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Corporate accounts are buying into the ultrabook big time

So far, the Intel-based ultrabook market has been very small and few consumers have jumped on the “thin and light” bandwagon. While the market as a whole isn’t exactly setting sales records, Dell is bragging that XPS 13 ultrabook sales have been higher than its initial projections. The XPS 13 is made using aluminum and carbon fiber for strength and reduced weight.
 
Dell says that demand has been about three times what it expected for the machines.
 
"We can't build enough of them at the moment," said Sam Burd, vice president of Dell's Consumer and SMB product group. "A little bit less than 3X the expected demand," he said.
 
Dell won't provide specific numbers on the units it's selling, but greater than expected demand is a good sign for ultrabook makers overall. One of the main things that have been holding ultrabooks back from adoption by mainstream users has been the price of entry. The ultrabook was originally expected at around $600 and many of the first units to hit the market were significantly more than that amount.

 
Analyst Stephen Baker from NPD Group says that he's optimistic about ultrabooks in the long run. He also notes the computer makers need to focus on fewer models and more profitability for each product they do offer. "Look at the iPad. People are willing to pay $600 or $700 for something that gives them a great experience. Something that looks good and makes them feel comfortable and confident.”
 
The XPS 13 isn't cheap ultrabook with prices starting at $999. Most of the sales that are driving the machine's success are coming out of large corporate accounts according to Burd.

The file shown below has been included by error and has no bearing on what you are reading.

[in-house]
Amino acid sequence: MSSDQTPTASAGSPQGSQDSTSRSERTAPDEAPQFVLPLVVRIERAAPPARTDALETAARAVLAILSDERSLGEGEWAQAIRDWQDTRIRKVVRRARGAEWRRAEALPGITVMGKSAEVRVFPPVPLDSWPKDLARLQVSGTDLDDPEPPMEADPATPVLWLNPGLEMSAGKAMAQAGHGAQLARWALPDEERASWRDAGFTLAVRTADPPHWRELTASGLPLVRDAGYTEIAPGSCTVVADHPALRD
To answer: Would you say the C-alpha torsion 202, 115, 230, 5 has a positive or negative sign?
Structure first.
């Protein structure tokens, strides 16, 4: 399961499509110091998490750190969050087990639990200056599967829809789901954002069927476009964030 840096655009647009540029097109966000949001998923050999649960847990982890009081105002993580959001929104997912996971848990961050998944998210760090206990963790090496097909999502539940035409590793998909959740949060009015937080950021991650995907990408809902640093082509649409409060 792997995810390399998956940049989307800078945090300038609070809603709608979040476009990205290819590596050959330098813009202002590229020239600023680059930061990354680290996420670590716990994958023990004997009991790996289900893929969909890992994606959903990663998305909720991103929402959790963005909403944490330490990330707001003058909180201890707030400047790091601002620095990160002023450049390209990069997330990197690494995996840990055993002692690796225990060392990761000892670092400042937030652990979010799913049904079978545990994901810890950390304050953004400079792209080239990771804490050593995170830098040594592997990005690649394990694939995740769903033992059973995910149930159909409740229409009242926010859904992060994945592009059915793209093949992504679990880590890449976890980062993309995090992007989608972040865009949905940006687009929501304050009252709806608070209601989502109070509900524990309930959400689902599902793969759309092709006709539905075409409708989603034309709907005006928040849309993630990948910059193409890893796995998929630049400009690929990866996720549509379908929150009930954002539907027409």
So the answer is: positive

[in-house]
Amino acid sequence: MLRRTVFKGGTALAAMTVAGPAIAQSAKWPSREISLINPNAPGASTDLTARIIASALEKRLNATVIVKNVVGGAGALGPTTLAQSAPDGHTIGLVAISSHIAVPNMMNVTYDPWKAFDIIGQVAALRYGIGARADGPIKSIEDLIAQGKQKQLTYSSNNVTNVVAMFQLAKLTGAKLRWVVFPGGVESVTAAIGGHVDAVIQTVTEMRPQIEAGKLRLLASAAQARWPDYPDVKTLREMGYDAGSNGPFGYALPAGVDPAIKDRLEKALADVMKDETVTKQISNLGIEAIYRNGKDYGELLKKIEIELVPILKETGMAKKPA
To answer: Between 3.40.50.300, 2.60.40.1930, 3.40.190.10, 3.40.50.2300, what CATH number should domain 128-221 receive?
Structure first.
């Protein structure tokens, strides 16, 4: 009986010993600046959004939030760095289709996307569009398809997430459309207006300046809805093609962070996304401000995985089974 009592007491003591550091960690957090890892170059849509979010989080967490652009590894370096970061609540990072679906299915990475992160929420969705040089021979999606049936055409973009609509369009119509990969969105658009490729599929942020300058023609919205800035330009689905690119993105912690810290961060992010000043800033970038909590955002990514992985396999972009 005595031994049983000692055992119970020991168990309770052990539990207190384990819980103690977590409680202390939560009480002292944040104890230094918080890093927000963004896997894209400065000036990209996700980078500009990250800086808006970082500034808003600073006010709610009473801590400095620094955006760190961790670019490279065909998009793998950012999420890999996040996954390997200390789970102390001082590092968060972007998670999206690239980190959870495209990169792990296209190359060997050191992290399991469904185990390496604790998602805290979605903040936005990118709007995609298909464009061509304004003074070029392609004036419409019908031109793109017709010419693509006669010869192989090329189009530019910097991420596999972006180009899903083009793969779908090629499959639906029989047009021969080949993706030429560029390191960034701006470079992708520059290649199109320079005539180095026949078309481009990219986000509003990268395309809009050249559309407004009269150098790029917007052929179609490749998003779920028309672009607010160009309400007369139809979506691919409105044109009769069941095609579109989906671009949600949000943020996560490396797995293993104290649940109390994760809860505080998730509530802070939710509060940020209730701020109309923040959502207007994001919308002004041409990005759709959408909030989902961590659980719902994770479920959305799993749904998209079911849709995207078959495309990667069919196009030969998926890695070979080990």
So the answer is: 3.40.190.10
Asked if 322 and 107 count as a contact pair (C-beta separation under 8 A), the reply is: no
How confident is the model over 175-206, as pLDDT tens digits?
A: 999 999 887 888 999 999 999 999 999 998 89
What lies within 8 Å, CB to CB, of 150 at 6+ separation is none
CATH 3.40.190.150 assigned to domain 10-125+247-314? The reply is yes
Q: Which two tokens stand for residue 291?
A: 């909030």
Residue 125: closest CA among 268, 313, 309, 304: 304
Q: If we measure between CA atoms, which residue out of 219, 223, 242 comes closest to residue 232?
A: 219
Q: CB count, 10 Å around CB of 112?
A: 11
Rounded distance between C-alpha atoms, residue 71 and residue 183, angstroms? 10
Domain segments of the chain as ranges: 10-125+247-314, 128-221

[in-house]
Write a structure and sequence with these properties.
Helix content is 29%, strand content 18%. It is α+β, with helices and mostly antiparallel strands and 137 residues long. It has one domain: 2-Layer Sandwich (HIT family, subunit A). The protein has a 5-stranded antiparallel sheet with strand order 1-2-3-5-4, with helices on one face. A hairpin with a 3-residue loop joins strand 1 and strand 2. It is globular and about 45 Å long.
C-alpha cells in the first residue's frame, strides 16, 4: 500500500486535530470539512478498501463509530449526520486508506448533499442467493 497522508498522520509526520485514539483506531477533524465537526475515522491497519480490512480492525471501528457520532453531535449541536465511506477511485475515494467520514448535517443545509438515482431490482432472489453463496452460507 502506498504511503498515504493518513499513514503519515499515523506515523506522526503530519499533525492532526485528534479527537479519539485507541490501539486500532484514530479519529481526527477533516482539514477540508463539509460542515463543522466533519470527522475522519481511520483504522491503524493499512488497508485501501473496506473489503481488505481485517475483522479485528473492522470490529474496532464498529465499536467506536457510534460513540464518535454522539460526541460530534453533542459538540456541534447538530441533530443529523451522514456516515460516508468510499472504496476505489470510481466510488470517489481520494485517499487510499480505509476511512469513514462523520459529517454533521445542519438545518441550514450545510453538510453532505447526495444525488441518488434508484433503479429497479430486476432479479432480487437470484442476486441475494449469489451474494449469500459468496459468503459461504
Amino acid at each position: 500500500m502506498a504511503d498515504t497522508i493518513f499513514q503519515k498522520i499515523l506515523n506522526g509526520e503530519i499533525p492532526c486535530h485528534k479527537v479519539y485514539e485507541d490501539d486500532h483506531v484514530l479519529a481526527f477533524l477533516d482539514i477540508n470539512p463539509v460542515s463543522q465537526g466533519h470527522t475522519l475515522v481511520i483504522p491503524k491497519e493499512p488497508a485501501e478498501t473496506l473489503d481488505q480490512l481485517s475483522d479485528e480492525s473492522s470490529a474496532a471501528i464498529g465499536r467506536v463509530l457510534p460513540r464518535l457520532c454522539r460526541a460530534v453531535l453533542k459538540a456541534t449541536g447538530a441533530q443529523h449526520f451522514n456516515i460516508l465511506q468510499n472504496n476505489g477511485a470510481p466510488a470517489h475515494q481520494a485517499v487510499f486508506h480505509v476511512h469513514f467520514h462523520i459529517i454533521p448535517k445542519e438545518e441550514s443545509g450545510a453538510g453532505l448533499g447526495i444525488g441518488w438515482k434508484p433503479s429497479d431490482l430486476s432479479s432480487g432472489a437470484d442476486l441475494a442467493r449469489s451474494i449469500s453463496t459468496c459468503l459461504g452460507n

The ultrabook market is expected to benefit significantly from Intel's Ivy Bridge processors.

Source: CNET



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By TakinYourPoints on 5/2/2012 8:02:50 PM , Rating: 2
quote:
OS X lost


This quote says quite a lot about your mindset.

Ignoring how wrong it is, the fact that OS X marketshare continues to grow as overall desktop/laptop sales decline, and the fact that Apple is the #1 seller of computers over $1000, there's something else going on.

How many people use a platform doesn't really matter to me so long as it is still well supported and works great. OS X isn't lacking in applications and they have some of the best hardware out there. If install numbers actually mattered to me then I'd have completely dumped my PC for a console years ago, but screw that. The PC gaming market may be diminished compared to how it was ten years ago, but that doesn't mean that I'm just going to jump ship to something I feel that the more popular platform is inferior.

You continue to see things in a very black and white manner that has nothing to do with utility or practicality. It is the same irrational fanboy mentality that people use with sports teams or religion.

Anyway, your one-dimensional mindset is pretty funny.


"Let's face it, we're not changing the world. We're building a product that helps people buy more crap - and watch porn." -- Seagate CEO Bill Watkins

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